Kindle Fire: What Amazon Got Right

Kindle Fire
Image by Dekuwa via Flickr

Amazon’s recent launch of the Kindle Fire, priced at $199, and the entry of the low-end Kindle at $79 is a very interesting strategy.

When Apple launched the iPad in 2010, it built upon the architecture and infrastructure of the iPhone, which launched in 2007. Even the iPhone built upon the success of the iTunes infrastructure which supported earlier iPod models. Amazon is likewise dealing from a position of strength, building upon the technology of the Kindle ereaders, and Amazon’s existing delivery and hosting infrastructure.

Amazon ships much more than just Kindle books. The Amazon MP3 store has been an iTunes competitor for several years now, and was the first to offer music without Digital Rights Management (DRM) technology. Amazon now also offers instant movie downloads as rentals or purchases, as well as Android application sales. Amazon offers a comprehensive alternative to the Apple iTunes infrastructure, and the Kindle Fire is another key part of this strategy.

The next key step of the Kindle Fire’s introduction is how Amazon differentiates this new tablet from the iPad. Like several other tablet manufacturers, Amazon is launching a smaller 7 inch tablet. While this form factor is not unique (the BlackBerry PlayBook, the Samsung Galaxy Tab, and the HTC Flyer all fit this size), Amazon has also cut the price point for the Kindle Fire. At $200, it is clear that Amazon is entering the low-end of the space, not directly competing against Apple at the moment.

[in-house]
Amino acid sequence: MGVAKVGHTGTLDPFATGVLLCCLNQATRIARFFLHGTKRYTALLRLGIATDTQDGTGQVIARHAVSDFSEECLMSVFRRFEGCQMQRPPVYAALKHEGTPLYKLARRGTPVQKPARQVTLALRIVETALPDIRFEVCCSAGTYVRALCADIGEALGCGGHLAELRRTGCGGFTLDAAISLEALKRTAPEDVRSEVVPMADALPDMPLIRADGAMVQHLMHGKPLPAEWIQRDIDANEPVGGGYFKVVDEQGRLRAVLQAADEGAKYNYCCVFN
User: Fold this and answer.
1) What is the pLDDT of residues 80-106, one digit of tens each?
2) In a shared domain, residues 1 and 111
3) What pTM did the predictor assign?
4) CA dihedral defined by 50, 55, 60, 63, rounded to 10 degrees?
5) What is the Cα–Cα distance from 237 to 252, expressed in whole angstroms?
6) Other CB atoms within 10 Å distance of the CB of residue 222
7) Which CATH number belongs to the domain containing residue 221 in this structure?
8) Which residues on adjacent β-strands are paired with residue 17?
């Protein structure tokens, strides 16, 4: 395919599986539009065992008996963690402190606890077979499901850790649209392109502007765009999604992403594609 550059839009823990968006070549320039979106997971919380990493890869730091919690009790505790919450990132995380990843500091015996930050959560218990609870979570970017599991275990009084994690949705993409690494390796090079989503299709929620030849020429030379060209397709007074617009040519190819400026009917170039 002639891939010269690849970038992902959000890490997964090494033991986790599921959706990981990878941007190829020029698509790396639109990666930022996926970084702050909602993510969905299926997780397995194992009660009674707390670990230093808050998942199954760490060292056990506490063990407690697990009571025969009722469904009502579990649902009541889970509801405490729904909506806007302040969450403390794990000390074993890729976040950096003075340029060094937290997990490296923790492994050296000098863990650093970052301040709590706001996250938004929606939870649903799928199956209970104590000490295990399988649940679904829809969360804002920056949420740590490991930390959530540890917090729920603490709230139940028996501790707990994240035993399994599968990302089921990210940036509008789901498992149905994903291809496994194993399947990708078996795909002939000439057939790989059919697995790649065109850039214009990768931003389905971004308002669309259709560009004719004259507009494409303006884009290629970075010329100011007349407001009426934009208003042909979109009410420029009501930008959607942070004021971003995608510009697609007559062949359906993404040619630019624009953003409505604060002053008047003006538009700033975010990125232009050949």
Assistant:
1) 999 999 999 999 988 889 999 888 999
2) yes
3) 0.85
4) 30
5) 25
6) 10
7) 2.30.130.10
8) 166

When you consider the HP Touchpad fire sale in August, where a drastic price cut finally saw another tablet outselling the iPad, there is clearly a market for a lower-end tablet. One where Apple isn’t actively targeting.

If Amazon can successfully lay claim to this part of the market, you can expect to see future attempts at Amazon launching into the higher upscale market that the iPad now claims. One thing is for certain, Apple is watching Amazon very closely.

Amazon may have a razor-thin margin on the Kindle Fire, but the important thing to note is that it will drive sales to the Amazon store, where the real money is made. Just as Apple takes a 30% cut on sales on the Apple App Store, I expect Amazon will take a healthy cut off anything sold through their online store, while at the same time depriving the Apple economy of sales.

Amazon sent a clear message to other tablet manufacturers: This time, amateur hour really is over.

Author: Nick Matthews

A software developer and English major. Full time geek.

3 thoughts on “Kindle Fire: What Amazon Got Right”

  1. The price divide for the first time gives a reason for the smaller tablet form factor to exist. Like a laptop more money gets you a bigger, faster machine. Amazon’s services will likely allow it to be the first tablet to stand a chance of competing with Apple. Until now all non-Apple tablets have been over-glorified web browsers. This is the first time that a competitor brings actual services with them, things to use the tablet for.

    As for amateur hour, I sure hope it is not over. I love amateur hour!!! Oh wait… you mean that as a metaphor for the tech sector… not actually for…. I get it…. Oops my bad.

    1. Interesting that you consider many tablets glorified web browsers, as often what separates these tablets is their supposed flash support. Now if only there was more flash that wasn’t written for mouse and keyboard interaction, and with some level of support for native touch input.

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